Crowding Memories

Crowding Memories

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Crowding Memories

Crowding Memories

Read FREE!

Excerpt

The charmed life of the memorable winter had made it difficult to feel the same interest in the old routine. Romance had fled, and it was an everyday world again. The letters from London had an undertone of sadness. One felt that in some indefinable way the going was not wholly a success. A few months later the cable flashed the happy news, "Thank God, all is well! A daughter!" From this time a more cheerful note pervades the letters, and there is much of little Edwina and her French nurse, interspersed with graphic descriptions of a dinner or a tea, and the celebrities met.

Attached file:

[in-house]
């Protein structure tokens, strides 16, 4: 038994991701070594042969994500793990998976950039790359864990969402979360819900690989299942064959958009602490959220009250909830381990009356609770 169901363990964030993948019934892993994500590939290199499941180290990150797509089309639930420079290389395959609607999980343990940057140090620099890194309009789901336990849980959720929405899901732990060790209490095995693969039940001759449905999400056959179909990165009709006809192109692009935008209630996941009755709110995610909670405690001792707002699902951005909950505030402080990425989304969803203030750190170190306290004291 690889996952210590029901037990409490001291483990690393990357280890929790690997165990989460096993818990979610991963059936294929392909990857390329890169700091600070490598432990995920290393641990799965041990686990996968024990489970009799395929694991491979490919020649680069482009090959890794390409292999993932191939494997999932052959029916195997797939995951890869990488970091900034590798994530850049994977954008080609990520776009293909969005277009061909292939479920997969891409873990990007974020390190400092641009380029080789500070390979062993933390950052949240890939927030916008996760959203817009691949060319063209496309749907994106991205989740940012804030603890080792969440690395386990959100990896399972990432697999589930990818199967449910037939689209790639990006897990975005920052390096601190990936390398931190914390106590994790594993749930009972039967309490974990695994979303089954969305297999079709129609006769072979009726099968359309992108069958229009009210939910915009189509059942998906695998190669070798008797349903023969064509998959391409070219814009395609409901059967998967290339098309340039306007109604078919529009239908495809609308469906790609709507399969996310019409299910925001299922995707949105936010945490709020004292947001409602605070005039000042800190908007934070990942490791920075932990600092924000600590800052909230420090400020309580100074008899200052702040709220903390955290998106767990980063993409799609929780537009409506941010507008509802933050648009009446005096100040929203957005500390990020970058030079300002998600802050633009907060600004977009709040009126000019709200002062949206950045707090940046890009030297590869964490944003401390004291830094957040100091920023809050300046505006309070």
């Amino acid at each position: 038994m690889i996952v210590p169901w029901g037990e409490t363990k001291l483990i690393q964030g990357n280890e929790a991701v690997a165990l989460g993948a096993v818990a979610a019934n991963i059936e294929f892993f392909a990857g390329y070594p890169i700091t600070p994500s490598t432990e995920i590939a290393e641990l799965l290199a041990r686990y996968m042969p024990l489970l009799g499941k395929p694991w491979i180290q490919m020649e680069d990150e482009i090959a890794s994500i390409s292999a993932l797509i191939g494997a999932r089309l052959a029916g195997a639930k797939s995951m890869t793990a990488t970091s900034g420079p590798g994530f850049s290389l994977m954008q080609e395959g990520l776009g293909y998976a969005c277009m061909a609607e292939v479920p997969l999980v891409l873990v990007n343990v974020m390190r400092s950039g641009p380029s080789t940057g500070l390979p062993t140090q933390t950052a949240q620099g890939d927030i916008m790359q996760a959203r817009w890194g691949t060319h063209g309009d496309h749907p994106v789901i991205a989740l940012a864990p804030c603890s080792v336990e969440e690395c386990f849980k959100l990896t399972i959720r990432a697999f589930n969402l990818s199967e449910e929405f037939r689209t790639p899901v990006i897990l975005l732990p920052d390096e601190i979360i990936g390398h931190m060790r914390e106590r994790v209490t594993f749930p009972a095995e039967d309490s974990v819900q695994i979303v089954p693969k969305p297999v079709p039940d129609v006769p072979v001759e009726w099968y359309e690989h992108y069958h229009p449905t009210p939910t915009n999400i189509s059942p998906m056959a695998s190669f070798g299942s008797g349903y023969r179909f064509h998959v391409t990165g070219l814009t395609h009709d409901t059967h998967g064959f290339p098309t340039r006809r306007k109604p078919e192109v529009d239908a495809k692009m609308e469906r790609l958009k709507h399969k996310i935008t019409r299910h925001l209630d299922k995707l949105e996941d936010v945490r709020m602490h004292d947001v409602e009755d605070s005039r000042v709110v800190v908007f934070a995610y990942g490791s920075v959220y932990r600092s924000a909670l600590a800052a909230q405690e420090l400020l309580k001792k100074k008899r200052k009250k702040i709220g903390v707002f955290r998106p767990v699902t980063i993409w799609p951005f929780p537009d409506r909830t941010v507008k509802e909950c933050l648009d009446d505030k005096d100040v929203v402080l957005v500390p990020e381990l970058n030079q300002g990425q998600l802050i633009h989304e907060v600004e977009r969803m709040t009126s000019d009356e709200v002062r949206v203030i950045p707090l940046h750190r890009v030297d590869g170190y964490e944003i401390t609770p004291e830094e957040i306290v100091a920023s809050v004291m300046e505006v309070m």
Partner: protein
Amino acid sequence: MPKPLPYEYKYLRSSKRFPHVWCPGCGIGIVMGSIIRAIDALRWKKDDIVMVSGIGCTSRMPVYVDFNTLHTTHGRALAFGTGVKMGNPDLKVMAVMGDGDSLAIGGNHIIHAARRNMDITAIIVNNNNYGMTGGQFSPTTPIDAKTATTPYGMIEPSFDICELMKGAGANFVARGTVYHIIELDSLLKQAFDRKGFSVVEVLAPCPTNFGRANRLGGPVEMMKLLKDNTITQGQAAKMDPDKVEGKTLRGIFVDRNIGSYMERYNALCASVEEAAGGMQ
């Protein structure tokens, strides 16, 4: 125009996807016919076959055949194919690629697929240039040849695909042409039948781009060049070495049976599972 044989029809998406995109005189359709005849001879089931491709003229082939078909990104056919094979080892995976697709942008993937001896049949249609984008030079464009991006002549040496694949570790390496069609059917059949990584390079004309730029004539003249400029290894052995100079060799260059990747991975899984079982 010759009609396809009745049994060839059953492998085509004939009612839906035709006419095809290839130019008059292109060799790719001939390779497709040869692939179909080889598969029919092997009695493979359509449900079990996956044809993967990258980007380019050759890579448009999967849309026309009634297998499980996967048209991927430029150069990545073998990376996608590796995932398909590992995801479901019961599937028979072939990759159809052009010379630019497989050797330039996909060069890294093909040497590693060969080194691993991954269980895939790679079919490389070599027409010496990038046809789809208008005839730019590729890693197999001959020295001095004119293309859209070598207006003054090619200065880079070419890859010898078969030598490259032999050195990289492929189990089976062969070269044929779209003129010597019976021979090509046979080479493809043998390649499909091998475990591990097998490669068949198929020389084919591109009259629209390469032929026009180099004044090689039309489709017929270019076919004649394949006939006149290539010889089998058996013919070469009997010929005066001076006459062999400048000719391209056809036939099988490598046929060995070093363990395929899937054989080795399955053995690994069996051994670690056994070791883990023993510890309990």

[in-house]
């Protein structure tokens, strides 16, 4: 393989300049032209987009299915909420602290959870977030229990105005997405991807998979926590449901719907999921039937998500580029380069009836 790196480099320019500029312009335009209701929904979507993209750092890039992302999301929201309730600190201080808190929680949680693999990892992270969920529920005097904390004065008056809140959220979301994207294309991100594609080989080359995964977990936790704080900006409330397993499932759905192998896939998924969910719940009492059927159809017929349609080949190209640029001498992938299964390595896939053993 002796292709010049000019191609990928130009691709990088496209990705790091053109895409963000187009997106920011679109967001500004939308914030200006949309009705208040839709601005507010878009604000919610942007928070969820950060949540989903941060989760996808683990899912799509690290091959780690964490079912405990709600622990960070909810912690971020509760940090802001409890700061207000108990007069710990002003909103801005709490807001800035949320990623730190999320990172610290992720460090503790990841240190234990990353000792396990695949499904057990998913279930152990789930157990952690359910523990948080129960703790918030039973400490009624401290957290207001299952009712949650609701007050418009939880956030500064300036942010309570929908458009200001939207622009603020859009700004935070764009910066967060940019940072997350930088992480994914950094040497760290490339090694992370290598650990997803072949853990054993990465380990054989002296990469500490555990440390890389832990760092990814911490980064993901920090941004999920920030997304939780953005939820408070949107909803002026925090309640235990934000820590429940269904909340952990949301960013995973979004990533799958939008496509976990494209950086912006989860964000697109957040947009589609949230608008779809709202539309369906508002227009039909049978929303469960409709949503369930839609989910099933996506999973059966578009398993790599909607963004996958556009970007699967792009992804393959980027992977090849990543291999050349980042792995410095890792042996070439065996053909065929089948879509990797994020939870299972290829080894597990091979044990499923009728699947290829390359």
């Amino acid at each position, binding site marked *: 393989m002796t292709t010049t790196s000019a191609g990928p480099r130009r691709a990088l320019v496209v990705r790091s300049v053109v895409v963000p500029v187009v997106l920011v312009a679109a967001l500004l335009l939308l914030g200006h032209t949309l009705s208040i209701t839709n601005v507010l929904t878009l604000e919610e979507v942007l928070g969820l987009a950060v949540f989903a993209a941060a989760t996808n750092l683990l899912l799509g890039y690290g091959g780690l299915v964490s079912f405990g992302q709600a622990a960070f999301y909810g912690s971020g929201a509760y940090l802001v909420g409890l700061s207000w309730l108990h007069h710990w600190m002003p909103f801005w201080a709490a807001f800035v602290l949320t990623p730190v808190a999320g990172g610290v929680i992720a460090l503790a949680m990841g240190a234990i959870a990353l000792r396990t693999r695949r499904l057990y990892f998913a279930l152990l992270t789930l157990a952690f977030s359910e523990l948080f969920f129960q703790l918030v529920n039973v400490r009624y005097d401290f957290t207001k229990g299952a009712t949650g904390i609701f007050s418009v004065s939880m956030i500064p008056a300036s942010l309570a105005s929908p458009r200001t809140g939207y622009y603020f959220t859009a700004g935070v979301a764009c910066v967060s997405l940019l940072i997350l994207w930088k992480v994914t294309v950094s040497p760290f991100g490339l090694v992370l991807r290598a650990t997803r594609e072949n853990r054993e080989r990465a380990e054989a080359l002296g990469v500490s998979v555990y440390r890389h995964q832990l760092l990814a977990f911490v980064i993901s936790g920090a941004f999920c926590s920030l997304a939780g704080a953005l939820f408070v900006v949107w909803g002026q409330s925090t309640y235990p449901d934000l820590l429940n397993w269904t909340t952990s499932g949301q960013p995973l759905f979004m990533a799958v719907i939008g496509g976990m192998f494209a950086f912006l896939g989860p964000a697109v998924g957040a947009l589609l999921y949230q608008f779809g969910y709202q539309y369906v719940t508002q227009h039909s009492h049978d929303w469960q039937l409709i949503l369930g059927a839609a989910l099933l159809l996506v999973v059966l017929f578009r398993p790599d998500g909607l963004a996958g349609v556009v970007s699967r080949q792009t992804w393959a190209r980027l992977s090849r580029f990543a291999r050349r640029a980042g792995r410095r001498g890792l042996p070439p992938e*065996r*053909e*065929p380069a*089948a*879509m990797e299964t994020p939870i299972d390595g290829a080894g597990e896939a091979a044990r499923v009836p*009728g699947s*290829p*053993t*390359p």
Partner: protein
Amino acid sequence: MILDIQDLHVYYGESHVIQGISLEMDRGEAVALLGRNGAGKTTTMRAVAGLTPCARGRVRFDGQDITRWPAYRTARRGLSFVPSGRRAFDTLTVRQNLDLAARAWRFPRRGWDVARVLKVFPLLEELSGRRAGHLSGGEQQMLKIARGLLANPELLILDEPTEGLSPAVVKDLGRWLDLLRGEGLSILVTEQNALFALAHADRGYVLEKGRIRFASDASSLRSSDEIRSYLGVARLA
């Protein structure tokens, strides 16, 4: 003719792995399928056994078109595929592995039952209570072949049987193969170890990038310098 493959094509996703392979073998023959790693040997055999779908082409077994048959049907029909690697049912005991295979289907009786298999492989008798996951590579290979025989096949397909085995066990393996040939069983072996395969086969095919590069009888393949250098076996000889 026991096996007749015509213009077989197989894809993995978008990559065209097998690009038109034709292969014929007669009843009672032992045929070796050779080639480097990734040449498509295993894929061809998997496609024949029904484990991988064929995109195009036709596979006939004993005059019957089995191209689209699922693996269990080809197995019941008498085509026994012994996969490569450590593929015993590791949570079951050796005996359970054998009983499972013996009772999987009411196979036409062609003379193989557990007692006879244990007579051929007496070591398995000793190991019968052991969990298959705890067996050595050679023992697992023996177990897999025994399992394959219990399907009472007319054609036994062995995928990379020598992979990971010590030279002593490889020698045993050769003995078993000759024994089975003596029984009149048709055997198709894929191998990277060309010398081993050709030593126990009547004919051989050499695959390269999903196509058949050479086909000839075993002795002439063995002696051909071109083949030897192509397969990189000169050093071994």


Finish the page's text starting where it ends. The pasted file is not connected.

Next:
At last, after a year's absence, the message, so impatiently hoped for, came -- the date of the home-coming. There is an undimmed picture in my memory of the Prince and his sweet wife at the hour of their arrival to the same environment of the year before. How like, and yet how unlike, they looked. A certain pose of sophistication had come to both. They seemed more remote from the magic air, the fields Elysian. Before there had been time to realize the fact that they were actually at home again a card was handed to Mr. Booth. He read it aloud: "Mr. and Mrs. Richard Henry Stoddard. . . ."

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